Paulab52, you wrote:
"I feel like I'm always telling my kids what to do."
It is a pretty new world to them, and they are probably glad to get lots of advice from someone they trust- mom and dad are the best candidates for 'trusted advisor' status. Tentatively offering information, and being willing to listen and to adjust one's theories in the light of new information, makes more sense than to order people around without regard for their feelings and wishes in the matter, in the context of close personal relationships.
"Yes, I know I'm the parent and I know what's best, "
Well, there is the biological fact of being the parent, and then there is the trusted advisor capacity. Human beings are fallible- yep, every single last one of them, even the pope
If a person approaches any situation, sure that they know what is best, they are apt to miss the opportunity to improve their theories and to find what is more best.
And, in the parent-child relationship, they run the risk of causing resentment and anger and desire for revenge and closing off lines of communication and such like.
"but I swear, they don't listen to me anyway. "
And I think this is why kids don't listen to parents. Parents have told them how many times? about this is going to happen or that is going to hurt you, and the kid does whatever it is and finds out that *parent was wrong*. Yet, parent seems to think that 'parent knows best'.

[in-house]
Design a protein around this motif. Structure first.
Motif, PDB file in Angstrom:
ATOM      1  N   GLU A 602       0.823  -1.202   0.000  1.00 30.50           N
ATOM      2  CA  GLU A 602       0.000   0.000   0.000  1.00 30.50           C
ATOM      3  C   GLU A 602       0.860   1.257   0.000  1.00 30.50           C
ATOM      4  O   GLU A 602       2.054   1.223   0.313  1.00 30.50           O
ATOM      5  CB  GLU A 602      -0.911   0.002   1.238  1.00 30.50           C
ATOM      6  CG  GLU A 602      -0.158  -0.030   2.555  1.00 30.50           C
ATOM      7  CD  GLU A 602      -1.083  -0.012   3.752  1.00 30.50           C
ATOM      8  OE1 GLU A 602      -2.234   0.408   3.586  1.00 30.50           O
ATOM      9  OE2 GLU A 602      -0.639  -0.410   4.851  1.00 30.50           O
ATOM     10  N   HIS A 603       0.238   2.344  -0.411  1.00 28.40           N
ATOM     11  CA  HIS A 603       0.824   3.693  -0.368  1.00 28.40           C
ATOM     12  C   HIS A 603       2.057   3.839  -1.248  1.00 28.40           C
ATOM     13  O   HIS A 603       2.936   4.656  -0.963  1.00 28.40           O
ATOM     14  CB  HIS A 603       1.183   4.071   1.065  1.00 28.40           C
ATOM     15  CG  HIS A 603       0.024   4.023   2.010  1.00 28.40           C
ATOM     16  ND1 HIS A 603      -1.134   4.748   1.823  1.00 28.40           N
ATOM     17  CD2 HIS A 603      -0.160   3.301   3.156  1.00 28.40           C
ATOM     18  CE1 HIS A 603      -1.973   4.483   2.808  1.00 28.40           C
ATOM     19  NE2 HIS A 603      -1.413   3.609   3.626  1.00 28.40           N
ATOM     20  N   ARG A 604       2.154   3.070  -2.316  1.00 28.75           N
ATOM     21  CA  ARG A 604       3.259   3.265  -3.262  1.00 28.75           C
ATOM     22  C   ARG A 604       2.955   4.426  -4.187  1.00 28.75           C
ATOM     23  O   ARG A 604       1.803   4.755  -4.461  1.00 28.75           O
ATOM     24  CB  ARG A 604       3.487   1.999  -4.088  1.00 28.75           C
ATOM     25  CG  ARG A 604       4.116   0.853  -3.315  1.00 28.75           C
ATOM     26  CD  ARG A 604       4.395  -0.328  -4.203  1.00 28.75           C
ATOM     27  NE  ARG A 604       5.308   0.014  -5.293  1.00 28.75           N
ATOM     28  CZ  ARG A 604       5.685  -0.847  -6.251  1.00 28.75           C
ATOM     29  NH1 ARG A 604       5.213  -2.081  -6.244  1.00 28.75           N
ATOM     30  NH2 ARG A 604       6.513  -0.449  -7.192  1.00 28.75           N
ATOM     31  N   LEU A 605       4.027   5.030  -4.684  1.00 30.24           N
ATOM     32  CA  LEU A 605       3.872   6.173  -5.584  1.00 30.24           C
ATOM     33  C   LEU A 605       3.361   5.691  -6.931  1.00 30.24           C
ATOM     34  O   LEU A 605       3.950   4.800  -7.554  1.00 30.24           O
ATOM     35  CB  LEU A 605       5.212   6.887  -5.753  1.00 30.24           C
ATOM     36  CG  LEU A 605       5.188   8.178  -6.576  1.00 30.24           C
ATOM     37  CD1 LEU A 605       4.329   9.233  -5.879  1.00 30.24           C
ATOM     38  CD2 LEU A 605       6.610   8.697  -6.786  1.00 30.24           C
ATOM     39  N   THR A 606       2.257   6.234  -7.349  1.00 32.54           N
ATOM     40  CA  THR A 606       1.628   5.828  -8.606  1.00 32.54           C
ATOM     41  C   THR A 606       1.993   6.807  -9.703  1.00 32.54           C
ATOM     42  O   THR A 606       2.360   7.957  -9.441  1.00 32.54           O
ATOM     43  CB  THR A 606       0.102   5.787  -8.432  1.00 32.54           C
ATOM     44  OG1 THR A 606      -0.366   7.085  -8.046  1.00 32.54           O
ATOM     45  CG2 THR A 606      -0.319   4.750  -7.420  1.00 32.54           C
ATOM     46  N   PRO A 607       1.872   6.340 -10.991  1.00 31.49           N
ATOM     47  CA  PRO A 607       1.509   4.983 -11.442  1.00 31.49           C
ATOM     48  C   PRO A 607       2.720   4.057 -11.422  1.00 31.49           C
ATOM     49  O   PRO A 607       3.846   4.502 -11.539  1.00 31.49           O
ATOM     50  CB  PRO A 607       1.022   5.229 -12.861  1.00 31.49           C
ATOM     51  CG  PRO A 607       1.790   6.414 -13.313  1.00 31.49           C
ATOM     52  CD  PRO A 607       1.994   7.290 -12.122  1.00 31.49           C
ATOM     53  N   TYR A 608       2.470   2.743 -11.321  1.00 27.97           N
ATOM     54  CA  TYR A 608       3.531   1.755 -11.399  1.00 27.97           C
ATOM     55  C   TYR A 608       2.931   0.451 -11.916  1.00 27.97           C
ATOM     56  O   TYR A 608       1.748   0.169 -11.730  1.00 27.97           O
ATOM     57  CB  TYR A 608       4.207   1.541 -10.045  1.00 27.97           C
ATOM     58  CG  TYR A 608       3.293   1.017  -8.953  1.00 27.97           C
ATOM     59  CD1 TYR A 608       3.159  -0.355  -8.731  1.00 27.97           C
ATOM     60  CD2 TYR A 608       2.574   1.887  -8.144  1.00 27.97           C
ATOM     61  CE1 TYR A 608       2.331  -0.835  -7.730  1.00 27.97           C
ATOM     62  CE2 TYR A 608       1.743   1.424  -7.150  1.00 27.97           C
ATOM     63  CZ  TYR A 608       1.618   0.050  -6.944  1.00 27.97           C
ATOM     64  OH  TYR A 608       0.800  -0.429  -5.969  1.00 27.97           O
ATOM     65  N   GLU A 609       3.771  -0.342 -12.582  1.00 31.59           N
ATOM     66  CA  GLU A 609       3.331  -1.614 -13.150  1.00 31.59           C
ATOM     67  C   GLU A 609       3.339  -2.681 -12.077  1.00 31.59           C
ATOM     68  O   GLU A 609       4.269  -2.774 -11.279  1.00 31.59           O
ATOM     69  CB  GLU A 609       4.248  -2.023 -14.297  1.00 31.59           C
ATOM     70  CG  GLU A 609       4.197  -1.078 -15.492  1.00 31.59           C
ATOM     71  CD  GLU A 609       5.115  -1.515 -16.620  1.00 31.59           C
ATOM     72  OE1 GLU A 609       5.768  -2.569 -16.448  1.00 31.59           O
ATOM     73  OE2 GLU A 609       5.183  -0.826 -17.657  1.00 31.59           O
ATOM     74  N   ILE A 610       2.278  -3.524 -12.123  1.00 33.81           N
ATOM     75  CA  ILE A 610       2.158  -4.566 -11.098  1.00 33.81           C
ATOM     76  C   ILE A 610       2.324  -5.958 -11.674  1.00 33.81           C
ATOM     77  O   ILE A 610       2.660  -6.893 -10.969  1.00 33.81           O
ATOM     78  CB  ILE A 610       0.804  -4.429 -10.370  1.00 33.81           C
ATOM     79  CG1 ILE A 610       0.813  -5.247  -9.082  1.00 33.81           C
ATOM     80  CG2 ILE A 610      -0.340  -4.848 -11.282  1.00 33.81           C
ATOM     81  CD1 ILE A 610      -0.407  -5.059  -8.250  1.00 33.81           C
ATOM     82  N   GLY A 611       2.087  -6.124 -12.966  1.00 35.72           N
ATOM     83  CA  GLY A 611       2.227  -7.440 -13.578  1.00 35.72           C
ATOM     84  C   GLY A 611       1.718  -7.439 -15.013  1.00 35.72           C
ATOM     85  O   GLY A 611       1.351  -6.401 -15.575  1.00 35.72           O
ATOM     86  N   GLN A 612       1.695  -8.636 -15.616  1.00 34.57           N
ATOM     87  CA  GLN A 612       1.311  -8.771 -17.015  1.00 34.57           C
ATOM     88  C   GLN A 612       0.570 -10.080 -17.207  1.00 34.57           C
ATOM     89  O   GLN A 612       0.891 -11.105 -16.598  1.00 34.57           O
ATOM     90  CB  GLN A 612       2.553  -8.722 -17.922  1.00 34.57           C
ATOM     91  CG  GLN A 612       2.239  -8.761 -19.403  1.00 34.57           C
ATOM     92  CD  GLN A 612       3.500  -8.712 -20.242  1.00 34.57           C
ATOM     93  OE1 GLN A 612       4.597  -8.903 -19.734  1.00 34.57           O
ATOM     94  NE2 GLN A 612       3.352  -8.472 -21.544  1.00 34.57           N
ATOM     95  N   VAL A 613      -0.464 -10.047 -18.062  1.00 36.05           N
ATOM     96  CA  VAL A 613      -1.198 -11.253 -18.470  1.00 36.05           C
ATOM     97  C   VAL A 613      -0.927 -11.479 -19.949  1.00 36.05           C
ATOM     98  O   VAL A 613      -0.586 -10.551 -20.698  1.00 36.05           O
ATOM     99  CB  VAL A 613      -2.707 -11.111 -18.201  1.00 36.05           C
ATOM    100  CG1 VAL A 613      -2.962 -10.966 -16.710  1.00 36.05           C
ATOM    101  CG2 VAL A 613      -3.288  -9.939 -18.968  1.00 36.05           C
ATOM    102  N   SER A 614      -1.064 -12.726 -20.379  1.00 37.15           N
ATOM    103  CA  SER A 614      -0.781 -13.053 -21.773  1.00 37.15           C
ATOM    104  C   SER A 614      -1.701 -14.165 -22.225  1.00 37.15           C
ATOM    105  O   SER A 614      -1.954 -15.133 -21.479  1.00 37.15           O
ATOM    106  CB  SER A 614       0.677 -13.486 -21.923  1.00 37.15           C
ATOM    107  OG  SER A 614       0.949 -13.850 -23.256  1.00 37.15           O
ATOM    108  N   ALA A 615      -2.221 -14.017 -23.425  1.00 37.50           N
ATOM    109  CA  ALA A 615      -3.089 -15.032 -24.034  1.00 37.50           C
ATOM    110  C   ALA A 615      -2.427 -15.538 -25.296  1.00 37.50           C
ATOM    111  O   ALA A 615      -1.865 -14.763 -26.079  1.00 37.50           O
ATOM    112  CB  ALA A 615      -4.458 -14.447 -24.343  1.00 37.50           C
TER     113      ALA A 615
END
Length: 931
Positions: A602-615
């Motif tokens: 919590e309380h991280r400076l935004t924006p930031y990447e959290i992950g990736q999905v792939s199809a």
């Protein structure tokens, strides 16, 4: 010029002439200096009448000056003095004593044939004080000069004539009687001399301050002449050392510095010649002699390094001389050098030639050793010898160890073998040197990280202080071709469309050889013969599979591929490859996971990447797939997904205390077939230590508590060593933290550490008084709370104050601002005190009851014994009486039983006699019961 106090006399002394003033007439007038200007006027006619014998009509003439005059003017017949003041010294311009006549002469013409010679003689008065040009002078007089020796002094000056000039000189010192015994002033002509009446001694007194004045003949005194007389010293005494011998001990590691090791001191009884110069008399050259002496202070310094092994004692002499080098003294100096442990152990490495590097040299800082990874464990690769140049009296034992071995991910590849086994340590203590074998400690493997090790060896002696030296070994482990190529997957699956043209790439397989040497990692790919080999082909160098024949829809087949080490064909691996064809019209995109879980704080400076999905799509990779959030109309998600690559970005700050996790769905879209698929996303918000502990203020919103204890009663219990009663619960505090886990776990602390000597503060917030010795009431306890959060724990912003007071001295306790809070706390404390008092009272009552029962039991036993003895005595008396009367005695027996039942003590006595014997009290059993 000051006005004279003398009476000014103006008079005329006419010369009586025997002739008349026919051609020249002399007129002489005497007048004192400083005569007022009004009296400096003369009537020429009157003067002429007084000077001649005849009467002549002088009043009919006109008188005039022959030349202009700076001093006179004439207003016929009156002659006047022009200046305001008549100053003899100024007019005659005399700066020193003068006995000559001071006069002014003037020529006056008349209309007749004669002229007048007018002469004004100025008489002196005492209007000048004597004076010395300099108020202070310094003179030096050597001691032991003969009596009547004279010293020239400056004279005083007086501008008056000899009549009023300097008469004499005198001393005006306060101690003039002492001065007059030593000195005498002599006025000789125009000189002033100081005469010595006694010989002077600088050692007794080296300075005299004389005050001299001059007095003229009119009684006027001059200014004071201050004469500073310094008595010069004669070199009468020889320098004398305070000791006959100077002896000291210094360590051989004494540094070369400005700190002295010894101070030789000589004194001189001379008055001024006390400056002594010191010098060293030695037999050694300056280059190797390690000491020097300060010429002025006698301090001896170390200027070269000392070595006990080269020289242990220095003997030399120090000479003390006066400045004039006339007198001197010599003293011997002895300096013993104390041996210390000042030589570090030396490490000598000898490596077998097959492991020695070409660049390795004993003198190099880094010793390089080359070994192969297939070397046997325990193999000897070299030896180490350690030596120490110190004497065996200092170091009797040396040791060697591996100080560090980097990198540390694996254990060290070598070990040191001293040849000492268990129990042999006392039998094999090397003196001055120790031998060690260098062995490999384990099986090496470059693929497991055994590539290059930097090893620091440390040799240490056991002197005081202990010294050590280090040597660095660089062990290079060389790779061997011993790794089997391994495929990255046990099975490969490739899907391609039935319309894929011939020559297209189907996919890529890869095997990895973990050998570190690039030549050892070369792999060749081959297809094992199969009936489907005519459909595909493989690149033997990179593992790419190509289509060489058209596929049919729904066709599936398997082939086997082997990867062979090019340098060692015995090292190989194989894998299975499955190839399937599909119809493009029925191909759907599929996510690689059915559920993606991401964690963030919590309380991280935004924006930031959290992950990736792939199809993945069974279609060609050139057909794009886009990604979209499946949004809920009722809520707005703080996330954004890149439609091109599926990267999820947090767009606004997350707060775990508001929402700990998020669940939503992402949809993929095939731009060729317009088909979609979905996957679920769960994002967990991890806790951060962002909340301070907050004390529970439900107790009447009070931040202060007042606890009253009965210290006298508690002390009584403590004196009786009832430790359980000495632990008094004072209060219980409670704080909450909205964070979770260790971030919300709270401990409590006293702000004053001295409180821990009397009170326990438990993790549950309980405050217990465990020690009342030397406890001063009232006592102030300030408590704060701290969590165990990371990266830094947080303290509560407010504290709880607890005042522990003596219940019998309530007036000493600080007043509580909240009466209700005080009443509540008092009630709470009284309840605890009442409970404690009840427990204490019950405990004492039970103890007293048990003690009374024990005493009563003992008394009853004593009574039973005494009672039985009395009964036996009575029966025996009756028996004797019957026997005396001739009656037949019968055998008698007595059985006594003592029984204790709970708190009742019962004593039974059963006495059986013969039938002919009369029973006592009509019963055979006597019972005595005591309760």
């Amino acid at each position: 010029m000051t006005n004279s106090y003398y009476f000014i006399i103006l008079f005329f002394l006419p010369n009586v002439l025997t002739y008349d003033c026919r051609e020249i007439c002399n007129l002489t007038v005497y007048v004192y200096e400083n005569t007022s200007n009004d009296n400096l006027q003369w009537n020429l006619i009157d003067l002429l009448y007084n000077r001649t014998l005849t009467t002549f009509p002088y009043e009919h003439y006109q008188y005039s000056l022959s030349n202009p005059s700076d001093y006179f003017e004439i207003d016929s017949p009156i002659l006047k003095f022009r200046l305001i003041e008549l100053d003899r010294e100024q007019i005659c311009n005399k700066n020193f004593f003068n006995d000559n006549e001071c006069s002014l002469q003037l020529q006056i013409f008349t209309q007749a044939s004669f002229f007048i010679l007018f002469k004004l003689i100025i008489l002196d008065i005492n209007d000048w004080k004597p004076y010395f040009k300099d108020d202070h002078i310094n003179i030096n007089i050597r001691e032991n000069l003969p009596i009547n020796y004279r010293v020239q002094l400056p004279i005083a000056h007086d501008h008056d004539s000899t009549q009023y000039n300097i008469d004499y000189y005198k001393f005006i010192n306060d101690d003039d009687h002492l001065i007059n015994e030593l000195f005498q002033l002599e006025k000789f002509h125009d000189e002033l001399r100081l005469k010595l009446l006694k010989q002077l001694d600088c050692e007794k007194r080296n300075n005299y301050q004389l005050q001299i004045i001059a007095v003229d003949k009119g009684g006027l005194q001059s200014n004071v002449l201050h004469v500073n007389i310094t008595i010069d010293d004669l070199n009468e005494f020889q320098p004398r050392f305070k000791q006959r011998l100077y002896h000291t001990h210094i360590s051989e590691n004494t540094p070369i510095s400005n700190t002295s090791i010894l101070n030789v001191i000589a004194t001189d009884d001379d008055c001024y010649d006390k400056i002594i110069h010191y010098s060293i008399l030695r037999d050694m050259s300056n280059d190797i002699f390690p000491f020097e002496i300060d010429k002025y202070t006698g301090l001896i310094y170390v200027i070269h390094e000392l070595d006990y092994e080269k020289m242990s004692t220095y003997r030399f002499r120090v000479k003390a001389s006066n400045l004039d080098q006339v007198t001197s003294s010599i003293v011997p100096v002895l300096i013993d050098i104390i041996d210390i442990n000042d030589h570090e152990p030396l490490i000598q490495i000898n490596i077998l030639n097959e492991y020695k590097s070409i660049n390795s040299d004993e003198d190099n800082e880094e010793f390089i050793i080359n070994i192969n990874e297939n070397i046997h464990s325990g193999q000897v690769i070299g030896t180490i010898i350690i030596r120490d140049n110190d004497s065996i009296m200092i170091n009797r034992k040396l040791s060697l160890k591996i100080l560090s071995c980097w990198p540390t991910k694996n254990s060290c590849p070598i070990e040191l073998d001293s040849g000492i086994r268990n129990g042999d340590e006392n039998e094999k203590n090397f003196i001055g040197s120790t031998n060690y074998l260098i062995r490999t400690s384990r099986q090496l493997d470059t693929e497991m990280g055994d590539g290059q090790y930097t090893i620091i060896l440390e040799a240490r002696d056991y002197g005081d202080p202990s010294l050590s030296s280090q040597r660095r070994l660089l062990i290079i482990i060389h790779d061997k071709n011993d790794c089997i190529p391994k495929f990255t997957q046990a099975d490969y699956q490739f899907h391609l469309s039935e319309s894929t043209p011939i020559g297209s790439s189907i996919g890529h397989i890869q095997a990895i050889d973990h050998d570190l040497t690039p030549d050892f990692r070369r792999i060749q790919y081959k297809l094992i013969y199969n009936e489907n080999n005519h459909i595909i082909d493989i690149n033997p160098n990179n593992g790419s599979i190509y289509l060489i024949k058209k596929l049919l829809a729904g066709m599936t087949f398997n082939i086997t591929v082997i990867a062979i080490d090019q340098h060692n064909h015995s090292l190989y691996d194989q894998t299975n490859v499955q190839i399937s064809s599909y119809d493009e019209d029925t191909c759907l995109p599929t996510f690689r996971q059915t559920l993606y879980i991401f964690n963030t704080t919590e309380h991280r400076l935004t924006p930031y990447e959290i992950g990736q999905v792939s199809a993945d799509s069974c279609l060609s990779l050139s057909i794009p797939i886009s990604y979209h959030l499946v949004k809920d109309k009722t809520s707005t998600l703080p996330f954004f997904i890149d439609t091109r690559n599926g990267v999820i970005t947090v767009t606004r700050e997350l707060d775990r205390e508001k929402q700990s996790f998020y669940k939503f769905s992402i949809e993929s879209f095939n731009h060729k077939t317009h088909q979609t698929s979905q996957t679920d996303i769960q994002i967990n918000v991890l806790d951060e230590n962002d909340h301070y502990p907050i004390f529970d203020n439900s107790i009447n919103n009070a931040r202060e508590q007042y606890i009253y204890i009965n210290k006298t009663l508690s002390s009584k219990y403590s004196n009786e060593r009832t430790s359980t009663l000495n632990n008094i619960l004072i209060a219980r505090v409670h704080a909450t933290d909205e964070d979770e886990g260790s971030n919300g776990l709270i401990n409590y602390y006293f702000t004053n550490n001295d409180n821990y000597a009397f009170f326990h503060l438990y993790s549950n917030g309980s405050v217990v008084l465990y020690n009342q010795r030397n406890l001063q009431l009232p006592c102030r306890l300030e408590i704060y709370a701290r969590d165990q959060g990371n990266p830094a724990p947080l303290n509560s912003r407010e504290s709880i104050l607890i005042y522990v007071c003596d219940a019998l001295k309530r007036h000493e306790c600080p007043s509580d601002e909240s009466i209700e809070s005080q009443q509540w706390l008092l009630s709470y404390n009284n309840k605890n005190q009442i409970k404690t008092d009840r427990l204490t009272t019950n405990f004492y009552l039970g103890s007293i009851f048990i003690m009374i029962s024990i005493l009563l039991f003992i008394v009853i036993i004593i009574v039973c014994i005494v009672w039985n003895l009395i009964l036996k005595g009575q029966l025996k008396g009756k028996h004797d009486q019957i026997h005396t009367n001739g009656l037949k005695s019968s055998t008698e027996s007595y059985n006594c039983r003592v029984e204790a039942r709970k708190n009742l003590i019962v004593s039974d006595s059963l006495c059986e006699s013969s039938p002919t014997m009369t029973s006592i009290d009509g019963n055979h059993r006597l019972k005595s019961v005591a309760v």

Words matter. How a parent talks to their child about what parent wants to do next in the day or about bringing a cherished toy into a store with them or about brushing their teeth or anything at all, makes a big difference as to what sort of solution will be found to any problem. Solutions that come about through non-coercion do not harm people.
Is it right to coerce/cause coercion in the mind of one's child, or in one's own mind, for that matter? What is the harm that it does? What about telling the truth? A parent might want to think about how to tell the absolute, scrupulous truth. Sprinkling a lot of 'I could be wrong's and 'it seems to me' and 'as far as I know' and 'this is how I think it is' and 'my understanding is' let's everyone know that there is room for more information and that we might never know the truth of any matter, but this is our best theory according to what we know now. And the way is open for anyone involved to throw out their ideas, and ne knowledge can be created.
In some instances, child does know better than parent, especially when it comes to what is going on in hir own mind and body.
Quoting Paulab52 again:
"Take of your PJ's and get dressed so we can go out."